The panel on Sunday’s edition of Kasie DC acted as Democratic strategists, giving House Democrats advice ahead of the public testimony of career diplomats as part of the impeachment inquiry. In addition, the panel predicted that former National Security Adviser John Bolton would emerge as a “star witness” for the Democrats if he decided to testify.



Not surprisingly, MSNBC’s Joe Scarborough found plenty to complain about in President Trump’s speech announcing the death of ISIS leader Abu Bakr al-Baghdadi. During Monday’s edition of Morning Joe, Scarborough complained about how "the President of the United States went on talking about how Baghdadi died like a ‘dog, a coward...whimpering and sniveling.’” According to Scarborough, President Trump’s word choice made him sound more like two late Middle Eastern dictators than the President of the United States.



Over the past couple of days, morning shows on both CNN and MSNBC have hyped alarmist predictions made by a United Nations panel about how global warming will impact the world over the next 100 years. On CNN's New Day, co-host Alisyn Camerota asked climate correspondent Bill Weir, "How do you get out of bed in the morning?" after he finished detailing the "dire" predictions.



Over the past several days, the networks have delivered the latest example of the dominant liberal media suddenly taking notice of a normal government activity done by the Donald Trump administration and treating it as outrageous even though there was no media scrutiny when the same activity was also done by the Barack Obama administration.



The "public charge" doctrine has been a foundation of American immigration policy going back hundreds of years to colonial times. The notion is that immigrants who are unable to support themselves, thus becoming public charges, should not be admitted or permitted to remain. In 1996, Congress enacted a federal immigration law codifying the public charge principle, and it has remained on the books in the same form ever since. So what do you call the Trump administration's plan to enforce that law? If you're a Trump-hating leftist like MSNBC contributor Fernand Amandi, it is nothing less than: "a white-supremacist, domestic-terror campaign targeting people of color."



MSNBC anchor and correspondent Ayman Mohyeldin joined MSNBC Live host Ali Velshi on Friday to chat about Israel's decision to  Congresswomen Rashida Tlaib and Ilhan Omar into the country and Tlaib turning down a humanitarian exception to visit her grandmother. Throughout the segment, Mohyeldin made multiple eyebrow-raising statements including calling Bernie Sanders a centrist on the issue and insisting that those who support the BDS movement simply have different tactics for achieving peace between the Israelis and the Palestinians. 



MSNBC anchor Ayman Mohyeldin's assertion that President Trump would prefer immigration from "Nordic countries" drew a pushback from NBC correspondent Kelly O'Donnell on Monday morning.



On Sunday, in the aftermath of revelations that the alleged hate crime attack against actor Jussie Smollett was probably a hoax orchestrated by Smollett himself, MSNBC contributor and former federal prosecutor Paul Butler was among those liberals apparently trying to cling to the possibility that the high-profile actor might be telling the truth because he "has not changed his story."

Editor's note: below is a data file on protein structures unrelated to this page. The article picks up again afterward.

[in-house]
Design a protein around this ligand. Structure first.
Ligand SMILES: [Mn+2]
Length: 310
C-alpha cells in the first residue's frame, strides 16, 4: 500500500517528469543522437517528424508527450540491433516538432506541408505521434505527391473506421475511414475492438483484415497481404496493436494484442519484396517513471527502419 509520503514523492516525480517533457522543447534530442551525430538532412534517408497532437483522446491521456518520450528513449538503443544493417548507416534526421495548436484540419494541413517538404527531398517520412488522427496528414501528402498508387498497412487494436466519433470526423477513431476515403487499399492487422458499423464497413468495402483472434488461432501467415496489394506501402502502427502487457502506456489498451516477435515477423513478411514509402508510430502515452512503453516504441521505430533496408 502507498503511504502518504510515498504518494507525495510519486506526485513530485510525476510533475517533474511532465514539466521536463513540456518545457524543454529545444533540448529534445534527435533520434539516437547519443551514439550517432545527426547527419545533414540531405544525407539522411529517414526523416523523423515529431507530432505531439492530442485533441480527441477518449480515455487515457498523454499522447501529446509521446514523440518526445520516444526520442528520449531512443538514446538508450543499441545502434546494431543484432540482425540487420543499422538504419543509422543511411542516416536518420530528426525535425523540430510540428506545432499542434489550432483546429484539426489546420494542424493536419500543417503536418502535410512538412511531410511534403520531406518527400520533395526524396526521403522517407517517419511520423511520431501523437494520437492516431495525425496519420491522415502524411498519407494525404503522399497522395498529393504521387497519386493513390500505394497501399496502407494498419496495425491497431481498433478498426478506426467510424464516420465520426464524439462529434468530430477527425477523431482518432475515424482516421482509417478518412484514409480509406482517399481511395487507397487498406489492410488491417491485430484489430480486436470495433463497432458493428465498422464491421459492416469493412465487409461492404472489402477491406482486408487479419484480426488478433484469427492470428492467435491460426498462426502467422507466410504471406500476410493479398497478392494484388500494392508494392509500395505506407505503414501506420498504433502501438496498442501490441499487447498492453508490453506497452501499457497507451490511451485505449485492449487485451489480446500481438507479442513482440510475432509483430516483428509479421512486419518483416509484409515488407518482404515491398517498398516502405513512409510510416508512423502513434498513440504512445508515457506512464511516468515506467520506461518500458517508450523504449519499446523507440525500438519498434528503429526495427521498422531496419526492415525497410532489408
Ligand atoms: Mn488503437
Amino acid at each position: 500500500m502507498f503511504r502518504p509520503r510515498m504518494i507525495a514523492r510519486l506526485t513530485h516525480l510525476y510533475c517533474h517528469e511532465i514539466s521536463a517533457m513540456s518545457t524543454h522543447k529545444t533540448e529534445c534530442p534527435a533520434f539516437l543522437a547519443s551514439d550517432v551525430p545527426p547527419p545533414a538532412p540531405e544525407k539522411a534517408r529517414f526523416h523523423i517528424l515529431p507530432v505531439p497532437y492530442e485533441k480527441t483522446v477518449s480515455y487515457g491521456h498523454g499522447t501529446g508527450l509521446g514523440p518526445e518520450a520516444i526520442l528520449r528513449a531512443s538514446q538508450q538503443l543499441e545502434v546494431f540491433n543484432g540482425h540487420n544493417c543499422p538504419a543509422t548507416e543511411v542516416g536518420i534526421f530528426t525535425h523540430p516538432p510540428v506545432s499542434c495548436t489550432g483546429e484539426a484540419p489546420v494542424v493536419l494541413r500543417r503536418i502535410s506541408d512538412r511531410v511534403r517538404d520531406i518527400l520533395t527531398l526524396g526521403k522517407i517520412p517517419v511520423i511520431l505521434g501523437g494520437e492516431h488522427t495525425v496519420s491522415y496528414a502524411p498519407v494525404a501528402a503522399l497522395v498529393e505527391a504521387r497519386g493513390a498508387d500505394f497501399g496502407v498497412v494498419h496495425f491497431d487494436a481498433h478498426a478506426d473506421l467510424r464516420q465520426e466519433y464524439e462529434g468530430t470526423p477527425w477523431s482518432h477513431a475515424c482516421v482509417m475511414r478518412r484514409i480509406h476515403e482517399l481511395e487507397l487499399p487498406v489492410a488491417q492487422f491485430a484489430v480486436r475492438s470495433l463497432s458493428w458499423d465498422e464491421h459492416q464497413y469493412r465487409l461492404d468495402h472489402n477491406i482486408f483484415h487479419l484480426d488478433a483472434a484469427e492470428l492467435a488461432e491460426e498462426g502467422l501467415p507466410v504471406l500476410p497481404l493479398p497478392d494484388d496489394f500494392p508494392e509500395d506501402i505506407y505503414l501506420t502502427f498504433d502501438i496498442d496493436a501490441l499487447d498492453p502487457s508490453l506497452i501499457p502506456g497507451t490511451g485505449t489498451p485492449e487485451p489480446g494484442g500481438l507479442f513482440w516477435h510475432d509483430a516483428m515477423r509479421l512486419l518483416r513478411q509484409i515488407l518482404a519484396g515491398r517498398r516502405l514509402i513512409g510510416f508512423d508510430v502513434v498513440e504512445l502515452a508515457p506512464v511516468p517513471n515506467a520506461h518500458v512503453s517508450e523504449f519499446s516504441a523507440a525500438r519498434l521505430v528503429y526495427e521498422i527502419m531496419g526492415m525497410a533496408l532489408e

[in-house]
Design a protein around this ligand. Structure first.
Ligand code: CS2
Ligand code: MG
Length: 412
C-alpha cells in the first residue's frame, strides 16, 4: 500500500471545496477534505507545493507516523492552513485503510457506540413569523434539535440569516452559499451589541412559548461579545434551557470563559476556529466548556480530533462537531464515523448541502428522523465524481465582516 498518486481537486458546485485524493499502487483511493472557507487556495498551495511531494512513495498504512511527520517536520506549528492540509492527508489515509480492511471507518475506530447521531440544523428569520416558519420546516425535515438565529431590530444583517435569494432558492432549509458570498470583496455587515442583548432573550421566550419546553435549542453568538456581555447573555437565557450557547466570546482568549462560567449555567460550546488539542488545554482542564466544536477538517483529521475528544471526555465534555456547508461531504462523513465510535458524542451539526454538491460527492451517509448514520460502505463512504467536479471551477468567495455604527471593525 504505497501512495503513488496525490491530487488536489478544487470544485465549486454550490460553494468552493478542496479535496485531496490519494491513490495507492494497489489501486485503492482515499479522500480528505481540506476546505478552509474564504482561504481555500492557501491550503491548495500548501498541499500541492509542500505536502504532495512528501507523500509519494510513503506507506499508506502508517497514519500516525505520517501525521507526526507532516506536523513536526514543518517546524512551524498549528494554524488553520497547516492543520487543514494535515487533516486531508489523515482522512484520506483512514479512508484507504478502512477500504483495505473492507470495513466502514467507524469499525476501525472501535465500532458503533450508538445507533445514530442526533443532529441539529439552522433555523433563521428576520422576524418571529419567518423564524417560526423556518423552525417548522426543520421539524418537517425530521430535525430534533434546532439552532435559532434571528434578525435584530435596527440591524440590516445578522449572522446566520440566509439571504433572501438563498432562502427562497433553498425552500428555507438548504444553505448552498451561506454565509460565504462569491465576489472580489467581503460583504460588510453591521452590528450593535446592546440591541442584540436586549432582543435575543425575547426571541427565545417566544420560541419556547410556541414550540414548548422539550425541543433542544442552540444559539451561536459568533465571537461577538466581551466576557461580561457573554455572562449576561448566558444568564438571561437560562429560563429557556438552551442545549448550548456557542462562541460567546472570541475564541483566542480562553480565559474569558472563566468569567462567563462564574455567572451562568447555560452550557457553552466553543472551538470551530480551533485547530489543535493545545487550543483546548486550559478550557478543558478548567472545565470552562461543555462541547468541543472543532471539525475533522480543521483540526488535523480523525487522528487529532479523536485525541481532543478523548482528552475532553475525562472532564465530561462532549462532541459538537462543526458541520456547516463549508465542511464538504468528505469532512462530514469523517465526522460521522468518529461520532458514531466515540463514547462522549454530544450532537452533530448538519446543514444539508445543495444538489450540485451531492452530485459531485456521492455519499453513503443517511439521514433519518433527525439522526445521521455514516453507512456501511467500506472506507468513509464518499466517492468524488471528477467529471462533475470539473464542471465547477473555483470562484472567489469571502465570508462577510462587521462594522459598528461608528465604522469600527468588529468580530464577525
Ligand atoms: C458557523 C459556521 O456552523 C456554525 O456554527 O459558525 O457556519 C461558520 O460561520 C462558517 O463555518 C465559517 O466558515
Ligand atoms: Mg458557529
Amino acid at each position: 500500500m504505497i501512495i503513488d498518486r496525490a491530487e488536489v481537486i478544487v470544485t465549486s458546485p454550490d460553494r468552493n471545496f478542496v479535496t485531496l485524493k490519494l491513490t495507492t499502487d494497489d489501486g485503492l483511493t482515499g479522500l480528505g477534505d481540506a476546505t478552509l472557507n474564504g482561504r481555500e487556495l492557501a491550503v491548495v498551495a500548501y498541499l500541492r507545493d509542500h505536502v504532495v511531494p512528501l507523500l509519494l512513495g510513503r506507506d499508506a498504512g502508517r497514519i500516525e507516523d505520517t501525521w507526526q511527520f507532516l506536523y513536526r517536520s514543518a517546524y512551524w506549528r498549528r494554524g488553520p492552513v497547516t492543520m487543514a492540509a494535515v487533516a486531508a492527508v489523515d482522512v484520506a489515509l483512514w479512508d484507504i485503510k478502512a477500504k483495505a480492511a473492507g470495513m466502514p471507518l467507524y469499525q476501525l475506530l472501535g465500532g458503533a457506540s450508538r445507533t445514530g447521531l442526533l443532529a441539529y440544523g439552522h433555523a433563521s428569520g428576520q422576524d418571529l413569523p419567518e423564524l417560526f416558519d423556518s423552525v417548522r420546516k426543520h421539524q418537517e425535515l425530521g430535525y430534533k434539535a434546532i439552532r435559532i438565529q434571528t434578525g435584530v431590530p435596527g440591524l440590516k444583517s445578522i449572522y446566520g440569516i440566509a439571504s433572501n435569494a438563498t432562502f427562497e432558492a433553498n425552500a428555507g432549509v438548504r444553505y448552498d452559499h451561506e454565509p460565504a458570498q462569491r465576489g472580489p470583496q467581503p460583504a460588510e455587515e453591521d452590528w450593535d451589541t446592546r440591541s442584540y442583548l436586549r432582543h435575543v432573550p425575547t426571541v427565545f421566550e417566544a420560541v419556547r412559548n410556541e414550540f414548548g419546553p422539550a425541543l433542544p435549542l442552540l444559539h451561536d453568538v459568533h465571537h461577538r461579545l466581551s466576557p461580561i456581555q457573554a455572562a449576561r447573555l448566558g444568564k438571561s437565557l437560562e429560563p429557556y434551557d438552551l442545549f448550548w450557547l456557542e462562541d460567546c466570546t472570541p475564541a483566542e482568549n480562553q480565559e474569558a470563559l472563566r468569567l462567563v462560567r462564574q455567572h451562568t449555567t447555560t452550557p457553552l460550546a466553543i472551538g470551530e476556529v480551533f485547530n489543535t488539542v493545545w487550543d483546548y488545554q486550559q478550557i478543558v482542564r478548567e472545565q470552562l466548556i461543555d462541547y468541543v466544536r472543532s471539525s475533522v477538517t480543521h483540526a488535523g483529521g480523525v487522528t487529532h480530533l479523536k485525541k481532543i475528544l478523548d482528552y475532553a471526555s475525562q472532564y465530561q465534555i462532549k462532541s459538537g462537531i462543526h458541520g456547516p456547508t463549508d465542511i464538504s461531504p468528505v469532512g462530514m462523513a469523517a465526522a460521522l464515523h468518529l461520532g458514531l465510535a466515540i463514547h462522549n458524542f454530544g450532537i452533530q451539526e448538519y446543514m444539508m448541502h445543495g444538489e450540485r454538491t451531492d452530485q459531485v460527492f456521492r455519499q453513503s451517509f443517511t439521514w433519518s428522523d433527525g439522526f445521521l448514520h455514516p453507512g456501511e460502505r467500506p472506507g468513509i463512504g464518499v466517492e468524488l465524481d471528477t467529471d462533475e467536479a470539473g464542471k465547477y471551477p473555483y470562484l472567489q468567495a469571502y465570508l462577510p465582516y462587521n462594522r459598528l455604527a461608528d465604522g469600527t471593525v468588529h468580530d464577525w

On Sunday's MSNBC Live, during a discussion of the Pittsburgh synagogue attack, host Ayman Mohyeldin repeatedly tried to get Israeli Ambassador to the U.S. Ron Dermer to criticize President Donald Trump for allegedly using "dog whistles" that might have encouraged more anti-Semitism. Dermer praised Trump, pointed out that anti-Semitism exists on both the far left and far right, and called out the media for mostly ignoring the recent anti-Semitism of Nation of Islam Leader Louis Farrakhan.



On Monday morning, several shows on CNN and MSNBC picked up on a United Nations report alleging that the world only has about 10 years to reduce carbon dioxide levels in the atmosphere to stave off "dire" and "catastrophic" consequences of global warming.



During Thursday’s edition of The Beat With Ari Melber, guest host Ayman Mohyeldin interviewed Georgetown University Professor Michael Eric Dyson. The beginning of the interview focused on Florida Republican gubernatorial candidate Ron DeSantis, who has faced a media firestorm for saying that “we don’t need to monkey this up” by embracing socialism; referring to Florida’s economy and his opponent’s plans for it. DeSantis’s critics argued that the use of the word “monkey” was a racial slur directed at his African-American opponent, Andrew Gillum. One of his critics even argued that DeSantis should drop out of the race. Dyson’s reaction to DeSantis’s comments presented no exception the hysteria.



In the past couple of days since the passing of former Republican Senator John McCain, several personalities on both CNN and MSNBC have lamented his selection of Sarah Palin as his vice presidential nominee in 2008 as a "mistake," with some suggestions that he helped set up the Republican party to go down the wrong track by doing so.